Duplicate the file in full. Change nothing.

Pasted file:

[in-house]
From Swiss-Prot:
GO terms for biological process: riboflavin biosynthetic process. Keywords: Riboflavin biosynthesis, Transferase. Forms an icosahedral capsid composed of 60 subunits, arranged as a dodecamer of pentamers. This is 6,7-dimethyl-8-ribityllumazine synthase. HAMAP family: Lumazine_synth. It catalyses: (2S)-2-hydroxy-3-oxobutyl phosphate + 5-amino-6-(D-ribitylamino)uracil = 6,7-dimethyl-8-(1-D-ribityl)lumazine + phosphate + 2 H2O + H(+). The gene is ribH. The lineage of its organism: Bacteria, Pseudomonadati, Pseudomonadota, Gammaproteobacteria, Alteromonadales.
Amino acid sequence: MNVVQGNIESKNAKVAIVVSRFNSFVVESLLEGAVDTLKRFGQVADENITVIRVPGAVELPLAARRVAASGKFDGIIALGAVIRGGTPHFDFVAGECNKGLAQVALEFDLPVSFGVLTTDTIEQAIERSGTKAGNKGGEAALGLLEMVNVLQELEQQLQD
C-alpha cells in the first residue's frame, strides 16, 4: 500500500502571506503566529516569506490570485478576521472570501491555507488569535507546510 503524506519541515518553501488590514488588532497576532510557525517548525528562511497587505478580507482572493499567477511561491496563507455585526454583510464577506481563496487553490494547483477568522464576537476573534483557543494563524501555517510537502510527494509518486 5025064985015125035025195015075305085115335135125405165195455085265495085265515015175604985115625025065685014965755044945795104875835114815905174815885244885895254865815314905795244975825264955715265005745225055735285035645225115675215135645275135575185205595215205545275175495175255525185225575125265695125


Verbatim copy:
[in-house]
From Swiss-Prot:
GO terms for biological process: riboflavin biosynthetic process. Keywords: Riboflavin biosynthesis, Transferase. Forms an icosahedral capsid composed of 60 subunits, arranged as a dodecamer of pentamers. This is 6,7-dimethyl-8-ribityllumazine synthase. HAMAP family: Lumazine_synth. It catalyses: (2S)-2-hydroxy-3-oxobutyl phosphate + 5-amino-6-(D-ribitylamino)uracil = 6,7-dimethyl-8-(1-D-ribityl)lumazine + phosphate + 2 H2O + H(+). The gene is ribH. The lineage of its organism: Bacteria, Pseudomonadati, Pseudomonadota, Gammaproteobacteria, Alteromonadales.
Amino acid sequence: MNVVQGNIESKNAKVAIVVSRFNSFVVESLLEGAVDTLKRFGQVADENITVIRVPGAVELPLAARRVAASGKFDGIIALGAVIRGGTPHFDFVAGECNKGLAQVALEFDLPVSFGVLTTDTIEQAIERSGTKAGNKGGEAALGLLEMVNVLQELEQQLQD
C-alpha cells in the first residue's frame, strides 16, 4: 500500500502571506503566529516569506490570485478576521472570501491555507488569535507546510 503524506519541515518553501488590514488588532497576532510557525517548525528562511497587505478580507482572493499567477511561491496563507455585526454583510464577506481563496487553490494547483477568522464576537476573534483557543494563524501555517510537502510527494509518486 5025064985015125035025195015075305085115335135125405165195455085265495085265515015175604985115625025065685014965755044945795104875835114815905174815885244885895254865815314905795244975825264955715265005745225055735285035645225115675215135645275135575185205595215205545275175495175255525185225575125265695125